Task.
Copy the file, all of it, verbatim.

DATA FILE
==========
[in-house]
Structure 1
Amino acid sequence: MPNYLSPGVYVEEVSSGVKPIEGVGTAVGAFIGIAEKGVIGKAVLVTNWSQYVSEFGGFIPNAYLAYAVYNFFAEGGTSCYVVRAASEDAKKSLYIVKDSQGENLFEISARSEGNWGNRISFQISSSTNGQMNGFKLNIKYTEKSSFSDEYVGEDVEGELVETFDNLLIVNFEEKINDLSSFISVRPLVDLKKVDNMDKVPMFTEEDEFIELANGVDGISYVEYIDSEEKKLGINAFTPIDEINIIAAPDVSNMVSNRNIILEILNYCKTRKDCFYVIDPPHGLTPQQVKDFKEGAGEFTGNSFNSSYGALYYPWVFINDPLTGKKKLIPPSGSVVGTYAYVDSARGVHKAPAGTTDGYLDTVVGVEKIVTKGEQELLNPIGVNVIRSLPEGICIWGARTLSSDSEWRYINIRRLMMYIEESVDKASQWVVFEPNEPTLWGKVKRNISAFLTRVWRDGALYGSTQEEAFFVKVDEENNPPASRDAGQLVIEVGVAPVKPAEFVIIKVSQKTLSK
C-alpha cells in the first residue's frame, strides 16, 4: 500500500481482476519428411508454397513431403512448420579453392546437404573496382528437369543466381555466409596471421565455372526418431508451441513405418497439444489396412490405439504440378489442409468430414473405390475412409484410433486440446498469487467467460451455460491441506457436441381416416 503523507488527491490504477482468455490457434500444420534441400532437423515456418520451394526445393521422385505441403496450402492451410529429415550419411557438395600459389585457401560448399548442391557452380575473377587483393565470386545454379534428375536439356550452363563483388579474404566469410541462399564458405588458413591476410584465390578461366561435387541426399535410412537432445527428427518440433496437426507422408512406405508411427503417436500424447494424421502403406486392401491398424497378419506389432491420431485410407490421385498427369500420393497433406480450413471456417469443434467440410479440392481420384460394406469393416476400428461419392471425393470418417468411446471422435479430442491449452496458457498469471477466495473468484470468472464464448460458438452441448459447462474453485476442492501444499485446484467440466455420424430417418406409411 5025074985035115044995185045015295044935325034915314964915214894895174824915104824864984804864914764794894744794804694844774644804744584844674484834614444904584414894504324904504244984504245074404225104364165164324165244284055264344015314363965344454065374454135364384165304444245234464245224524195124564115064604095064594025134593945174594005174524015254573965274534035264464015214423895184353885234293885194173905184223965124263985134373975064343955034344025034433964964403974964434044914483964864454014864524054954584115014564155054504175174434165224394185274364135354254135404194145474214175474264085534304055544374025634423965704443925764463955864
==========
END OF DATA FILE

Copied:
[in-house]
Structure 1
Amino acid sequence: MPNYLSPGVYVEEVSSGVKPIEGVGTAVGAFIGIAEKGVIGKAVLVTNWSQYVSEFGGFIPNAYLAYAVYNFFAEGGTSCYVVRAASEDAKKSLYIVKDSQGENLFEISARSEGNWGNRISFQISSSTNGQMNGFKLNIKYTEKSSFSDEYVGEDVEGELVETFDNLLIVNFEEKINDLSSFISVRPLVDLKKVDNMDKVPMFTEEDEFIELANGVDGISYVEYIDSEEKKLGINAFTPIDEINIIAAPDVSNMVSNRNIILEILNYCKTRKDCFYVIDPPHGLTPQQVKDFKEGAGEFTGNSFNSSYGALYYPWVFINDPLTGKKKLIPPSGSVVGTYAYVDSARGVHKAPAGTTDGYLDTVVGVEKIVTKGEQELLNPIGVNVIRSLPEGICIWGARTLSSDSEWRYINIRRLMMYIEESVDKASQWVVFEPNEPTLWGKVKRNISAFLTRVWRDGALYGSTQEEAFFVKVDEENNPPASRDAGQLVIEVGVAPVKPAEFVIIKVSQKTLSK
C-alpha cells in the first residue's frame, strides 16, 4: 500500500481482476519428411508454397513431403512448420579453392546437404573496382528437369543466381555466409596471421565455372526418431508451441513405418497439444489396412490405439504440378489442409468430414473405390475412409484410433486440446498469487467467460451455460491441506457436441381416416 503523507488527491490504477482468455490457434500444420534441400532437423515456418520451394526445393521422385505441403496450402492451410529429415550419411557438395600459389585457401560448399548442391557452380575473377587483393565470386545454379534428375536439356550452363563483388579474404566469410541462399564458405588458413591476410584465390578461366561435387541426399535410412537432445527428427518440433496437426507422408512406405508411427503417436500424447494424421502403406486392401491398424497378419506389432491420431485410407490421385498427369500420393497433406480450413471456417469443434467440410479440392481420384460394406469393416476400428461419392471425393470418417468411446471422435479430442491449452496458457498469471477466495473468484470468472464464448460458438452441448459447462474453485476442492501444499485446484467440466455420424430417418406409411 5025074985035115044995185045015295044935325034915314964915214894895174824915104824864984804864914764794894744794804694844774644804744584844674484834614444904584414894504324904504244984504245074404225104364165164324165244284055264344015314363965344454065374454135364384165304444245234464245224524195124564115064604095064594025134593945174594005174524015254573965274534035264464015214423895184353885234293885194173905184223965124263985134373975064343955034344025034433964964403974964434044914483964864454014864524054954584115014564155054504175174434165224394185274364135354254135404194145474214175474264085534304055544374025634423965704443925764463955864